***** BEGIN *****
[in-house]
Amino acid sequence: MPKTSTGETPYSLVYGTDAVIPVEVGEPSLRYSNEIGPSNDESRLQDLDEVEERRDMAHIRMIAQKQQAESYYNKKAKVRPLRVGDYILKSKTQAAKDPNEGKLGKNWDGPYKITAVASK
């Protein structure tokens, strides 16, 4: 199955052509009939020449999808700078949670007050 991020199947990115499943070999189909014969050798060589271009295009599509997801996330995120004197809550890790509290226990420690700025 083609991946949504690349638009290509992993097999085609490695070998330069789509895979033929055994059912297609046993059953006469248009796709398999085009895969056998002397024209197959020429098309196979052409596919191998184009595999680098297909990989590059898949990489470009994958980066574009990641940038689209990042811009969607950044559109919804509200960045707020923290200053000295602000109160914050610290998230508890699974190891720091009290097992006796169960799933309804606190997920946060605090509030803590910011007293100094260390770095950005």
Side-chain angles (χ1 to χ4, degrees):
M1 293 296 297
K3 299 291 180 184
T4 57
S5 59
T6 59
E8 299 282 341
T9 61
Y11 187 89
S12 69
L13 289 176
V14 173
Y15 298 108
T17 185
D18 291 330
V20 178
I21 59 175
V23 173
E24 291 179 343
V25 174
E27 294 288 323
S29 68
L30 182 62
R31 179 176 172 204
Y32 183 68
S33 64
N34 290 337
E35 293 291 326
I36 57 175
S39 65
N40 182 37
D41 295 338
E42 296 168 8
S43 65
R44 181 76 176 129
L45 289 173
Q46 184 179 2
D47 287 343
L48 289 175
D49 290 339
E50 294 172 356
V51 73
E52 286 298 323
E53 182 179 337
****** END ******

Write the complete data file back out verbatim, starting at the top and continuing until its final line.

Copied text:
[in-house]
Amino acid sequence: MPKTSTGETPYSLVYGTDAVIPVEVGEPSLRYSNEIGPSNDESRLQDLDEVEERRDMAHIRMIAQKQQAESYYNKKAKVRPLRVGDYILKSKTQAAKDPNEGKLGKNWDGPYKITAVASK
């Protein structure tokens, strides 16, 4: 199955052509009939020449999808700078949670007050 991020199947990115499943070999189909014969050798060589271009295009599509997801996330995120004197809550890790509290226990420690700025 083609991946949504690349638009290509992993097999085609490695070998330069789509895979033929055994059912297609046993059953006469248009796709398999085009895969056998002397024209197959020429098309196979052409596919191998184009595999680098297909990989590059898949990489470009994958980066574009990641940038689209990042811009969607950044559109919804509200960045707020923290200053000295602000109160914050610290998230508890699974190891720091009290097992006796169960799933309804606190997920946060605090509030803590910011007293100094260390770095950005």
Side-chain angles (χ1 to χ4, degrees):
M1 293 296 297
K3 299 291 180 184
T4 57
S5 59
T6 59
E8 299 282 341
T9 61
Y11 187 89
S12 69
L13 289 176
V14 173
Y15 298 108
T17 185
D18 291 330
V20 178
I21 59 175
V23 173
E24 291 179 343
V25 174
E27 294 288 323
S29 68
L30 182 62
R31 179 176 172 204
Y32 183 68
S33 64
N34 290 337
E35 293 291 326
I36 57 175
S39 65
N40 182 37
D41 295 338
E42 296 168 8
S43 65
R44 181 76 176 129
L45 289 173
Q46 184 179 2
D47 287 343
L48 289 175
D49 290 339
E50 294 172 356
V51 73
E52 286 298 323
E53 182 179 337